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Making Camp Ends Quickly Because of Snake Den

Author Photo
By Capper's Staff | Aug 3, 2011

We left our homestead in South Dakota and traveled by covered wagon south through
the Gap and the Badlands. I shall never forget
the Buttes and the tall sword-sharp grass. And I’ll never forget the snake den.

There were no roads in those days and often not even a
trail. I remember my mother cautioning Father to have more than enough water,
for it was easy to get lost in that country.

While we were making camp one
afternoon late, our faithful dog pranced around, quite uneasy, and kept
sniffing at the ground. Mother told Father we’d better move on and find another
camping spot. My father was a bit angered at this because he thought he had
picked an ideal spot.

“Just look at that dog and how strange she is acting. There’s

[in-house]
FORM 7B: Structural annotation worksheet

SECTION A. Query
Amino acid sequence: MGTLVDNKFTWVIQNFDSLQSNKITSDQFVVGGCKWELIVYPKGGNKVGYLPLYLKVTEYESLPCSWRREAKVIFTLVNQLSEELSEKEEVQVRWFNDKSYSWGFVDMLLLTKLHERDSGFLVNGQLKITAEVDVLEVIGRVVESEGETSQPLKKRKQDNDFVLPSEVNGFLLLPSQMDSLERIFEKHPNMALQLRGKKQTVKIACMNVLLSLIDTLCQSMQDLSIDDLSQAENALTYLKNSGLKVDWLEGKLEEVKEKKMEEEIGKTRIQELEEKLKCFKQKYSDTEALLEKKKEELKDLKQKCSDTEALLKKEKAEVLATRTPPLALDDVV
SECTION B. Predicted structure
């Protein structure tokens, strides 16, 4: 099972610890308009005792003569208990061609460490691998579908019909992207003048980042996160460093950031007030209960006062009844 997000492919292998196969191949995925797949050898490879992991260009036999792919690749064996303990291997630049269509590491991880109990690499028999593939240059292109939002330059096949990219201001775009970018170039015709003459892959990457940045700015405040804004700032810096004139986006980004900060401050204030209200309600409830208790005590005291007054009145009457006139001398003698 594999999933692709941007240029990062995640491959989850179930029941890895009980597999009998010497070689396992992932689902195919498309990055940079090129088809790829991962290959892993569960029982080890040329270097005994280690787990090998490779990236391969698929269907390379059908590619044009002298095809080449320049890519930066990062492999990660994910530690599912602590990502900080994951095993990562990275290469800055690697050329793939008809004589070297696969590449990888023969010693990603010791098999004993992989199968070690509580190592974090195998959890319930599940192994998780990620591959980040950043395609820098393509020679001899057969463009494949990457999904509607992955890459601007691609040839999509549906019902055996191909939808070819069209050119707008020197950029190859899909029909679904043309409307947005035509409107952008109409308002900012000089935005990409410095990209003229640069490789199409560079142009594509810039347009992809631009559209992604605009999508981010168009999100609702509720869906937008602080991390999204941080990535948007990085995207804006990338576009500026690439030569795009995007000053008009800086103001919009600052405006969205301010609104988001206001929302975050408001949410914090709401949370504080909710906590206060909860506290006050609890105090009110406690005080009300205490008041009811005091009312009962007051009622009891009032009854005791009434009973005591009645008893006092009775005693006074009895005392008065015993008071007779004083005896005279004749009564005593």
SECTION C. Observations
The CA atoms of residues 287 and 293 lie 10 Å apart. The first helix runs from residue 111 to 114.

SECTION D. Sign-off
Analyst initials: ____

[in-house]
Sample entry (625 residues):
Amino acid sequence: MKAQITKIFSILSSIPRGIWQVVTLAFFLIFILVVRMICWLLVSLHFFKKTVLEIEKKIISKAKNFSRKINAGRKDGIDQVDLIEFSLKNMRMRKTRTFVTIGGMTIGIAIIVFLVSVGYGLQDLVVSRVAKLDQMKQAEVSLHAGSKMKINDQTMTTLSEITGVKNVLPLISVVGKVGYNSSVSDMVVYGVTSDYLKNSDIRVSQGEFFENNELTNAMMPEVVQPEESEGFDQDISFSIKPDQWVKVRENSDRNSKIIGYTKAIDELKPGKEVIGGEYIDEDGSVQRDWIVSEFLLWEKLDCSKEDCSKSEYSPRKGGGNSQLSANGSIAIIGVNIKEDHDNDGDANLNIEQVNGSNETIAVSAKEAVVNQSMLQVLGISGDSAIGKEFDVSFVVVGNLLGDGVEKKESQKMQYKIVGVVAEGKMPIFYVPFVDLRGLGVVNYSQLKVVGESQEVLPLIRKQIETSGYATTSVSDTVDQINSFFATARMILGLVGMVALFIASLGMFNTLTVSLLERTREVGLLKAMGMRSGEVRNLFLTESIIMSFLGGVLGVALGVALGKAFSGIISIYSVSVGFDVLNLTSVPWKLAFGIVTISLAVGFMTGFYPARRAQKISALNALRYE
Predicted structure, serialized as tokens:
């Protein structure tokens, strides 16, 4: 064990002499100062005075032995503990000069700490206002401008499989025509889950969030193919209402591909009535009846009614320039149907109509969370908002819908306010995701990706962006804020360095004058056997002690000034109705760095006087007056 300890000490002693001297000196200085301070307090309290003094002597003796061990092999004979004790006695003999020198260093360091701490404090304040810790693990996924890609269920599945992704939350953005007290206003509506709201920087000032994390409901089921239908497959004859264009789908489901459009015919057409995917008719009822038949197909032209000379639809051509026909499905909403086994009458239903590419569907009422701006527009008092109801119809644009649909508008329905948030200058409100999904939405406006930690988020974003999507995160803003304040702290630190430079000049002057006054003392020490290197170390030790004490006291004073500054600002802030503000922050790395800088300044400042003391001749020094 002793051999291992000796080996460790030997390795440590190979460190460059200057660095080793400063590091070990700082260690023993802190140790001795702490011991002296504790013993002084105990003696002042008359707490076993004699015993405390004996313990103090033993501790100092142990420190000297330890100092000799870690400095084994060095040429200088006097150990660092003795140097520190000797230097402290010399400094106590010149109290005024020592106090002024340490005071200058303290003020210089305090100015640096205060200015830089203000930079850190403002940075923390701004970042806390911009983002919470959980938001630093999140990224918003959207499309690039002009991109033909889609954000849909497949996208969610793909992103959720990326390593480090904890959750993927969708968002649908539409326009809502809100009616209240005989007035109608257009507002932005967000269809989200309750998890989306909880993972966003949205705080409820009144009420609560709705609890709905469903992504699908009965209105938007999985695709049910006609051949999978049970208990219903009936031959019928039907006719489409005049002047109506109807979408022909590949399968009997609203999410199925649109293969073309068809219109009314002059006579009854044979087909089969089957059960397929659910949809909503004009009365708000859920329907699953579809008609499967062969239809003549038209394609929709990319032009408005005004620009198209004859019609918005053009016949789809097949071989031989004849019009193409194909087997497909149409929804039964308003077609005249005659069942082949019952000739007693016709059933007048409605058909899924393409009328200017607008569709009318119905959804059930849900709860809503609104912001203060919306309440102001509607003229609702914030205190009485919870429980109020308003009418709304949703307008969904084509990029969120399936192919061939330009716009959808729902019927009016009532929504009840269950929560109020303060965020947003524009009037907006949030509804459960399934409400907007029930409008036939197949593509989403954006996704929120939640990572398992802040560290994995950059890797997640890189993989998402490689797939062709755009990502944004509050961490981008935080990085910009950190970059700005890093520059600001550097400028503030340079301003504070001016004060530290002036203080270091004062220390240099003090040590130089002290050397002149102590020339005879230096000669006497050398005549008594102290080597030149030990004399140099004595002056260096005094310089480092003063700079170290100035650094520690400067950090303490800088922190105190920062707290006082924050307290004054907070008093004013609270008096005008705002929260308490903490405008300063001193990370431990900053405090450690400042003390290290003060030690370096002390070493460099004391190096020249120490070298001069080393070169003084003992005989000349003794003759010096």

something wrong with this place!” said Mother.

In a matter of seconds, our
faithful dog was killing rattlesnakes in rapid succession. My father lost no
time in hitching up and getting out of there!

Mrs. Herbert A. Shinn
Greenfield,
Iowa


Back in 1955 a call
went out from the editors of the then
CAPPER’s WEEKLY asking for readers to send
in articles on true pioneers. Hundreds of letters came pouring in from early
settlers and their children, many now in their 80s and 90s, and from
grandchildren of settlers, all with tales to tell. So many articles were
received that a decision was made to create a book, and in 1956, the first
My
Folks title – My Folks Came in a
Covered Wagon – hit the shelves. Nine
other books have since been published in the
My Folks series, all filled to the brim with true tales from CAPPER’s readers, and we are proud to
make those stories available to our growing online community.

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